For those of you that don’t know me, I’m Michael, one of the Press Gangers at Games and Stuff. I’ve been playing Warmachine/Hordes for about two years, and Games Workshop games off and on since my misspent youth. I play Menoth and Legion and have just enough Cygnar to be dangerous. In fact, the only Cygnar I own are the Storm-nouns, I just love the idea of an electric army, all dangerous and sparky.
And what could be MORE dangerous and sparky than a 20-foot-tall-lightning-shooting-steampunk-spider-legged-attack-bot thing! As soon as I saw the Storm Strider model I knew I had to have one, it’s easily my favorite-looking of the new Battle Engines, and it fits perfectly with my army.
Of course, I can’t leave well enough alone, and I also knew I wanted to, shall we say, enhance the model. The opportunity to really take the model to the next level was too hard to pass up, but I didn’t know what to do. That is, until I saw a PP Insider post, with the throw-away line, “and then I’ll add the plasma ball to my Storm Strider.” Now we’re talking. Now just the hard part, getting from this:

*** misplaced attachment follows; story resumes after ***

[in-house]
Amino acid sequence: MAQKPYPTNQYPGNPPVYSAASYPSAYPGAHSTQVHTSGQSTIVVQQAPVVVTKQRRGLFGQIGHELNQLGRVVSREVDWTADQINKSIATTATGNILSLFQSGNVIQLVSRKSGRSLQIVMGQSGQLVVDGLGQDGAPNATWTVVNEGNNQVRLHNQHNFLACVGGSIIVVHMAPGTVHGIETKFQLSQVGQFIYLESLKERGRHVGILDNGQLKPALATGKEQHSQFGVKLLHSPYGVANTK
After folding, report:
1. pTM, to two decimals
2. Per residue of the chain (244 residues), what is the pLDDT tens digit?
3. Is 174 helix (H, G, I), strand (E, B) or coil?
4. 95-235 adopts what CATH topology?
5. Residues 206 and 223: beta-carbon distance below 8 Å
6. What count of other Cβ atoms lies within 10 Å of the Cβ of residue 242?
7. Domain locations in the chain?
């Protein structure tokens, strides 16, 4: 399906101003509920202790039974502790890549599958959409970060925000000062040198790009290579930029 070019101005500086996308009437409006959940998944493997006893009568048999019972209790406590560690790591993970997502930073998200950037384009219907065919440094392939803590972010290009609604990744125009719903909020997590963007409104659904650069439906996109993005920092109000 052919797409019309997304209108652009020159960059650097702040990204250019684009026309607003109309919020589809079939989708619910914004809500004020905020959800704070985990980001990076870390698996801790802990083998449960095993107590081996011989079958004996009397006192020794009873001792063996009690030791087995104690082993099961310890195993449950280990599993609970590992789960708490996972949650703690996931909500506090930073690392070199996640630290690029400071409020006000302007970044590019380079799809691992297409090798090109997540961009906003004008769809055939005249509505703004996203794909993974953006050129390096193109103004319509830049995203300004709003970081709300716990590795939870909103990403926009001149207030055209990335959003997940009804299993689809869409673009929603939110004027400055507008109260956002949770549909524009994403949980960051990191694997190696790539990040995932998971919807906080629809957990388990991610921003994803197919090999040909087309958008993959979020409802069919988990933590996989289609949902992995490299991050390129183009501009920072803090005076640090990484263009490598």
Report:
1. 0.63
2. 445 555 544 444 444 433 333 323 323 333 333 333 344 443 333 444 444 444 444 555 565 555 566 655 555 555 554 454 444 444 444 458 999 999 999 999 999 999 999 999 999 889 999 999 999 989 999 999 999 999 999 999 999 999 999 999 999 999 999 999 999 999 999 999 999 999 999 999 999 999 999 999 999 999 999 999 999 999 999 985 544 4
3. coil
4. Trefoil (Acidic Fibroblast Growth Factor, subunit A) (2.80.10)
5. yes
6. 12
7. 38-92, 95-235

I’ve had the opportunity to do two of these conversions now, so I’m providing a write-up of the process and pitfalls to look for. Because I did two and have pictures of each from various stages of completion you’ll see two different looking models through-out the article. Each was built essentially the same, using the same process; the only real difference was some improvements made after learning lessons on the first model (primarily related to the design of the base).
Step One– Parts
You’ll need a Storm Strider…obviously. The ones I’ve bought have needed only minor clean-up of the resin and metal parts. it really is a beautiful kit, and if you’re just doing it stock, it’s very simple to assemble. One thing that you’ll need to know for this conversion though is if you bought the kit very early (I think it was only the pre-release convention sales version) there is a chance you have the resin catwalk piece. I’ve only ever gotten the metal catwalk, and it makes a difference for the electrical wiring later in the project.